The Autobiography of Malcolm X

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    Malcolm X Thesis

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    Malcolm Little commonly known as Malcolm X was born May 19, 1925 in Omaha, NE. (Lord, Lewis 1 ) Everyone thinks that they know the one true Malcolm X but doesn’t know what was behind the stern faced guy. When Malcolm was little he had a very rough childhood from growing up in a racist environment and wanting to be like the white people. Malcolm would scrub and burn his skin just wanting to be like the average white man. He cried every night wondering why God chose him to be a black man, Sooner…

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    Malcolm Little, also known as El-Hajj Malik El-Shabazz and Malcolm X, was born on May 19th, 1925. Since his birth Malcolm has faced racism and prejudice. His father, Earl Little, was a minister and avid supporter of Black Nationalist leader Marcus Garvey. This caused the family to receive several death threats and to relocate twice before Malcolm’s fourth birthday. Despite their efforts to elude the violence, in 1929 their family home was burnt to the ground and two years later, Earl’s…

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    As an African-American leader, Malcolm X was a well-known in the Nation. He was against the race pride and black nationality in the 1950s and '60s. Malcolm X was born on May 19, 1925, In Omaha, Nebraska. He was a black leader that worked for a spokesman for the black of the Nation during the 1950s and '60s. He has join the nation of Islam when he was in prison. Malcolm X used to encourage black people to fight for the freedom from the racism "by any means necessary," overall, in the beginning,…

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    There are two distinct views concerning the involvement of Malcolm X in the American Civil Rights movement from 1959 to 1963. One states that X is an action-based “alternative to Dr. King.” The other stating that he was a setback for the Civil Rights movement due to his views on white people. Malcolm X was a member of the Nation of Islam (NOI), a black nationalist/separatist religious group, from 1948 to 1963. He based his platform on the beliefs and ideologies of the NOI. Elijah Muhammed,…

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    Many today consider Malcolm X and Martin Luther King Jr. to be revolutionary men. Though these two men had similar goals for changes in the African American communities, they are perceived differently. Though Malcolm X and Martin Luther King Jr. were well-known Civil Rights Activists, they were significantly different men with the common goal of aiding their fellow members of the African-American community. Malcolm X and MLK had similar religious upbringing because their fathers taught in…

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    Malcolm X Transformation

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    The Autobiography of Malcolm X as told by Alex Haley regards a man who revolutionized the history of America. Malcolm X, born on May 19, 1925 in Omaha, Nebraska, was an Islamic priest that publicly supported the civil rights for Black-Americans. As well as encouraged blacks to honor their African culture and heritage. Malcolm X delivered messages of nonviolence, Muslim faith, human rights, and race pride. He experienced many changes within himself during his campaign towards equality…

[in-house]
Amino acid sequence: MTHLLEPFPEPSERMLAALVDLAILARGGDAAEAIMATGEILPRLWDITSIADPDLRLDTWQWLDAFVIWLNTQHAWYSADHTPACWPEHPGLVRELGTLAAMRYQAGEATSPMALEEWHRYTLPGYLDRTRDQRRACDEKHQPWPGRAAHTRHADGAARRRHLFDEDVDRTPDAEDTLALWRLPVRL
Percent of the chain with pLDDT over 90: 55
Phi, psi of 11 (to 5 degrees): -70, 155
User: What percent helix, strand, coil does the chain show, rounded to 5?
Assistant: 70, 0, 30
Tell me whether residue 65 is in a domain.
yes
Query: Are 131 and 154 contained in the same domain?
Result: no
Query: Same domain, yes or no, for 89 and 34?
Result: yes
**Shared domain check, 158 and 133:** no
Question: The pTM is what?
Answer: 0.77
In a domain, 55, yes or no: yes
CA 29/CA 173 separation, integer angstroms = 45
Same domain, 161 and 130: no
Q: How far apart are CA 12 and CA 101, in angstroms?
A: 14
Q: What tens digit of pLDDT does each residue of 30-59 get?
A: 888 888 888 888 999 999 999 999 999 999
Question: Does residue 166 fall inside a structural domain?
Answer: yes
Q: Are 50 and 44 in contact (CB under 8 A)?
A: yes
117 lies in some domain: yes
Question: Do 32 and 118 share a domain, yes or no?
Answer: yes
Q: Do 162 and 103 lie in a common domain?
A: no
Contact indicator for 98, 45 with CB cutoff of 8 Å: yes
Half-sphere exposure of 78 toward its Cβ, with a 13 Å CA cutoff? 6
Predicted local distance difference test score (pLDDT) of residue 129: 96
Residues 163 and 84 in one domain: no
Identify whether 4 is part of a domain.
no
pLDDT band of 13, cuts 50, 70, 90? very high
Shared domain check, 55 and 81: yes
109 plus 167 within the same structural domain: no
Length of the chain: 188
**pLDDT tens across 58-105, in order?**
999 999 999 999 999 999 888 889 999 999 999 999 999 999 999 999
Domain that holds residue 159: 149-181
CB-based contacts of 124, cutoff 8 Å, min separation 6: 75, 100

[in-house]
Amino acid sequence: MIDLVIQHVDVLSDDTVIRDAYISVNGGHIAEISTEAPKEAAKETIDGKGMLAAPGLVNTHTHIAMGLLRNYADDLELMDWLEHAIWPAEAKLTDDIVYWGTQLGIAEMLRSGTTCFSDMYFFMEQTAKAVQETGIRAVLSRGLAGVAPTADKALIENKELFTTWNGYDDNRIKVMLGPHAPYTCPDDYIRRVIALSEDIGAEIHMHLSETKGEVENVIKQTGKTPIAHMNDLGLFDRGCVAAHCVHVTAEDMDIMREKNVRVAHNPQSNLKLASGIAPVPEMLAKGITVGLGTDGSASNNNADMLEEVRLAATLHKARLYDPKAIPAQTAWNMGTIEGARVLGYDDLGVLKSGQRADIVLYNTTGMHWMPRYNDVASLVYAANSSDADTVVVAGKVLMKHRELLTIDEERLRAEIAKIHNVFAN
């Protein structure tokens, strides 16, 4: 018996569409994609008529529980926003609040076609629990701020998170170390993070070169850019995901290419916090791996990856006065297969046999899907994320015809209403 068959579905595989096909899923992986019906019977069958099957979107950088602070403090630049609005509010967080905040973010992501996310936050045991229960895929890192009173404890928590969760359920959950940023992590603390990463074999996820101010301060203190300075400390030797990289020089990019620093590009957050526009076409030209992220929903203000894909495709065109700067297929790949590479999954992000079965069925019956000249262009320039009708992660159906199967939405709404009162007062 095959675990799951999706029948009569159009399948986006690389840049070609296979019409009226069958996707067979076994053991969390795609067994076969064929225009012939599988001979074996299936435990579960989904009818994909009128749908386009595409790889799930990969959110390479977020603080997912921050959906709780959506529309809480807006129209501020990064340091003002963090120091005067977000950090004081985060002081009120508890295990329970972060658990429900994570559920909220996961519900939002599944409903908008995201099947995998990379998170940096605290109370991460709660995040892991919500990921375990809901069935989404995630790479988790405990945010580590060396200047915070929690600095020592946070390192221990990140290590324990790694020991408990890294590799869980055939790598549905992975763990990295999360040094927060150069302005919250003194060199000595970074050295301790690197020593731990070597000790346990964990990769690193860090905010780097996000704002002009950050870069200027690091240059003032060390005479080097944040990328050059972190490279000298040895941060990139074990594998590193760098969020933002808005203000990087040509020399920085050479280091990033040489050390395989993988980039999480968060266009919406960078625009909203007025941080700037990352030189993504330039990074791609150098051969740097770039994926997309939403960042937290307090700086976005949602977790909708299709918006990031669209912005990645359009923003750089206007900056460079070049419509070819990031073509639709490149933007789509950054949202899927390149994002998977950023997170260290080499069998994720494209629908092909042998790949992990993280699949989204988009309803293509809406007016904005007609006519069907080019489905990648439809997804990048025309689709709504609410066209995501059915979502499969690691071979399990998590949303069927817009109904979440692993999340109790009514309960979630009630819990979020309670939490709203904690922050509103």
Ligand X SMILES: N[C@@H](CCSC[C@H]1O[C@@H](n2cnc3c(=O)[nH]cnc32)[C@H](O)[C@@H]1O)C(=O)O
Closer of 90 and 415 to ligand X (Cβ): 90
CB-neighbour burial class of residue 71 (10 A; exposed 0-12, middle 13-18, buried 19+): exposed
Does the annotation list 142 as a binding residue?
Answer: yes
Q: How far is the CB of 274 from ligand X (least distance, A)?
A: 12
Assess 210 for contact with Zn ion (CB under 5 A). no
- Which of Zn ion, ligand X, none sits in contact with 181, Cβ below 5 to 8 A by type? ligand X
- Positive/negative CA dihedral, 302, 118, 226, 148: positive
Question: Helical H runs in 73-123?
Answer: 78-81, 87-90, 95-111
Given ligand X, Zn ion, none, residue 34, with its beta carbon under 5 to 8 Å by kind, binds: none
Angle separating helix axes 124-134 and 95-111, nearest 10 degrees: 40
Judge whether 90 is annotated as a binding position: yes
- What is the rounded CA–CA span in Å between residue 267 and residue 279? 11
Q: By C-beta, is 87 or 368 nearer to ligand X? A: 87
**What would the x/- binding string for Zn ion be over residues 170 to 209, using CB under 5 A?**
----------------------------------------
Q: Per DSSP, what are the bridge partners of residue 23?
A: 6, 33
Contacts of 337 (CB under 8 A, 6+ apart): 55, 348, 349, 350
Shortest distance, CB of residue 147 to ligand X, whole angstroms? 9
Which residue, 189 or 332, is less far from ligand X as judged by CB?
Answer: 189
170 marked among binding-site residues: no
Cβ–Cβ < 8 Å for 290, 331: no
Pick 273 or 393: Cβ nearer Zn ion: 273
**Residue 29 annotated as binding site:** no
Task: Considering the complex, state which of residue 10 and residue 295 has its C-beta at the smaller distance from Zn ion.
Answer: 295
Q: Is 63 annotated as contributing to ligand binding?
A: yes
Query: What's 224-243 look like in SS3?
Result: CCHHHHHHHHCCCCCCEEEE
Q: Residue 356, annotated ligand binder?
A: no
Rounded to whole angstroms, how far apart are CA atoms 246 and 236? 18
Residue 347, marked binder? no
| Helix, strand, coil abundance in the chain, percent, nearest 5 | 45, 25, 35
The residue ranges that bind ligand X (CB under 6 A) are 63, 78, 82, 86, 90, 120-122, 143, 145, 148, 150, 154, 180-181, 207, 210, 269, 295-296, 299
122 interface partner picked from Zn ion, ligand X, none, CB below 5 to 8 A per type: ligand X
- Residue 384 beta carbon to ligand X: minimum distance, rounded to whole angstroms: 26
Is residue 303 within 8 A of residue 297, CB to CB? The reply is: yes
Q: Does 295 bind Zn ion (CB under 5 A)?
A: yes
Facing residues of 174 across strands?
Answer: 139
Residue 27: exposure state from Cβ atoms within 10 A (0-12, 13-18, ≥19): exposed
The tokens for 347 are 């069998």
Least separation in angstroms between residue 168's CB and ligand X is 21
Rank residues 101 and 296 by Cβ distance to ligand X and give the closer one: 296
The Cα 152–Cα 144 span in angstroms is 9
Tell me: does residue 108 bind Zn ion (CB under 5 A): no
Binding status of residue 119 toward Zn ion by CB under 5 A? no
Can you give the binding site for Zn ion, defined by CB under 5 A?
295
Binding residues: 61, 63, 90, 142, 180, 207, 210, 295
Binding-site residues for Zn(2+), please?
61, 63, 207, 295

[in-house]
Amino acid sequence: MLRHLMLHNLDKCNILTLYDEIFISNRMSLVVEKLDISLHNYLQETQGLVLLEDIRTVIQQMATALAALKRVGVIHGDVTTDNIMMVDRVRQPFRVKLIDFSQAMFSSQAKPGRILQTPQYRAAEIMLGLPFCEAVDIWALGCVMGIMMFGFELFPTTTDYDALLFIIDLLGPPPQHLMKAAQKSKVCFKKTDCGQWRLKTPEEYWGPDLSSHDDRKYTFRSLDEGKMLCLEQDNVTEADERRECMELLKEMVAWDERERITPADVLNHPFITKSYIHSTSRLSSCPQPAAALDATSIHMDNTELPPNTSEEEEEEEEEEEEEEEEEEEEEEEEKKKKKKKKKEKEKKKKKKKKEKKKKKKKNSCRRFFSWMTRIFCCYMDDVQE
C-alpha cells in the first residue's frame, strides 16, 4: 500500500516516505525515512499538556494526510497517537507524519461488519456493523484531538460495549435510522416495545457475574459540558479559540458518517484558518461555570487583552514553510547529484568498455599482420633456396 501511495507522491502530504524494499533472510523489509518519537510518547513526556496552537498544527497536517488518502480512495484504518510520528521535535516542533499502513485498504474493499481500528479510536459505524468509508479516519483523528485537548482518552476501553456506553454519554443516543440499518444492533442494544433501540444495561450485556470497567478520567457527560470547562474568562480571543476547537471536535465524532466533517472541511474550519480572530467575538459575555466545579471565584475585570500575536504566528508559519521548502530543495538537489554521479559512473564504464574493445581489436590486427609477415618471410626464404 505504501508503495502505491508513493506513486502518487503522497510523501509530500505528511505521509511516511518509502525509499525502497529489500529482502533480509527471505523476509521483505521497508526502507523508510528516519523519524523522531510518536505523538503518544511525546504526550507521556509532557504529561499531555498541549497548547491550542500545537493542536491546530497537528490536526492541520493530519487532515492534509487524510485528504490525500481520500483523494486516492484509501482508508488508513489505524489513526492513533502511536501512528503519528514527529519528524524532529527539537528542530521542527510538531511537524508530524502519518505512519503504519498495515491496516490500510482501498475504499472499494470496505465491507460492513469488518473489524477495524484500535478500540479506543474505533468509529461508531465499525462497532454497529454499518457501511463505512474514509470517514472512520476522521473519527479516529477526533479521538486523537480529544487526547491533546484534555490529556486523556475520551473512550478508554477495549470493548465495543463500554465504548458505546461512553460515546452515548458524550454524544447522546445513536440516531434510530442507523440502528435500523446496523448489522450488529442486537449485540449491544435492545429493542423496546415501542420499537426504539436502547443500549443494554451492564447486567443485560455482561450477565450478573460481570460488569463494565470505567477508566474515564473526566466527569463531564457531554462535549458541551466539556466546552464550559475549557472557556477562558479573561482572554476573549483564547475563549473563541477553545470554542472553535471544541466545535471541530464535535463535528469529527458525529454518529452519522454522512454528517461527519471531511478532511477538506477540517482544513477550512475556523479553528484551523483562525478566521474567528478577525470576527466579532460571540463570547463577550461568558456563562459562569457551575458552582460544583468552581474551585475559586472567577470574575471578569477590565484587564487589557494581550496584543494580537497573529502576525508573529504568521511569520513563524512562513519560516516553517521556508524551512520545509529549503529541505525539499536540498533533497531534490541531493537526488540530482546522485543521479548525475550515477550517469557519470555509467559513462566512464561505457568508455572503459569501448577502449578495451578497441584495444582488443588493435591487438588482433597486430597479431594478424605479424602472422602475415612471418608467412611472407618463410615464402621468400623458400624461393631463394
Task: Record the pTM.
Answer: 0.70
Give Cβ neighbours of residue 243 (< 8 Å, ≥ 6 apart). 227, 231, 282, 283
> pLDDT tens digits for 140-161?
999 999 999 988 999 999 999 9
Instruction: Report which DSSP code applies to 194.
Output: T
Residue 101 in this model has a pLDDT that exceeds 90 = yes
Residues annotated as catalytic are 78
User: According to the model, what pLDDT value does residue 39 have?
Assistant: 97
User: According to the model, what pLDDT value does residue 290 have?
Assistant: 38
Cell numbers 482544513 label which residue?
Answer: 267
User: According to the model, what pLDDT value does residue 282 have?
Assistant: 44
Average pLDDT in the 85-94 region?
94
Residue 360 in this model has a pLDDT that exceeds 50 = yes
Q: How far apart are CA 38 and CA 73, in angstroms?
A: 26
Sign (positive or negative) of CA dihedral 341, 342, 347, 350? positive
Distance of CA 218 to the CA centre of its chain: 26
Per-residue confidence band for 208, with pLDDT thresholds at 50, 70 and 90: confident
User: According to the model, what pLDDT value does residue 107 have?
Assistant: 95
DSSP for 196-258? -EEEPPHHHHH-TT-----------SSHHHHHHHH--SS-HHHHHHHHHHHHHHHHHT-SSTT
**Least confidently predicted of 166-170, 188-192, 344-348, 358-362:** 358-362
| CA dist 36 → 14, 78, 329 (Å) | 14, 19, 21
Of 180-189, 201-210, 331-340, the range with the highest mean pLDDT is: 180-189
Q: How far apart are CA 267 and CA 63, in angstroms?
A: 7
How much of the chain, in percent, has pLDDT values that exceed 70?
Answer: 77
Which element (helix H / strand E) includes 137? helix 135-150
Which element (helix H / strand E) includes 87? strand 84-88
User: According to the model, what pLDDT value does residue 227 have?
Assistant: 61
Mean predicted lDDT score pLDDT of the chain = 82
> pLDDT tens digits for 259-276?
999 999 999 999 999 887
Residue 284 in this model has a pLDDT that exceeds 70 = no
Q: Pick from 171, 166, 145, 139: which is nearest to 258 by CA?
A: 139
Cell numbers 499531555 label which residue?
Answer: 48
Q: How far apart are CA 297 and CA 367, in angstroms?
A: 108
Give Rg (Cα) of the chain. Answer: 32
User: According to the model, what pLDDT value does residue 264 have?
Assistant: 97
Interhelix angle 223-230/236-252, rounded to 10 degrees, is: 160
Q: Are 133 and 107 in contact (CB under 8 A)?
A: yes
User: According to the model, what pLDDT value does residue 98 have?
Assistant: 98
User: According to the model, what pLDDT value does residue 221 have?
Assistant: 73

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    In the minds of many American’s Malcolm X is a great example when it come to evolution. Most particularly all race can relate to him until this day because of his empowerment. In the early life of Malcolm his father was murdered by the Ku-Klux-Klan, known as a supremacist cult. After the death of his father his mother was sent to a mental hospital which it effected Malcolm, he felt powerless to change his condition. When Malcolm x went to prison it had amazing impact in his life, he read every…

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    Malcolm X was a revolutionary leader with many followers behind him. Malcolm X influenced/inspired many African Americans to stand up for themselves and do whatever is necessary for their rights as human beings. But with enough motivation Huey Newton and Bobby Seale took Malcolm's words and brought them to action by creating the Black Panther Party. The Black Panther Party was founded in 1966 by Huey Newton and Bobby Seale. The Black Panther Party was based on ideas such as black nationalism, a…

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    Malcolm X’s Learning to Read is an autobiography about his education. He talks about his passion and joy for learning while at Norfolk Prison Colony School. Even though X did not know English, and was in prison, he did not give up on reading. With motivation from Bimbi, “a fellow inmate whose encyclopedic learning and verbal facility greatly impressed Malcolm X” (189), from his previous prison, X did not give up on learning. X thought, “…the best thing I could do was get hold of a dictionary-to…

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    Would it be possible to say that literacy can liberate someone, just like it did with Douglass and Malcolm? Frederick Douglass and Malcolm X were two African American men whom struggled in becoming literate. Frederick Douglass from the “Narrative of the life of Frederick Douglass, an American Slave”narrates how he struggled on learning how to read and write, being an slave and having such limited sources, Douglass tells the reader how his mistress, Mrs. Auld taught him the letters of the…

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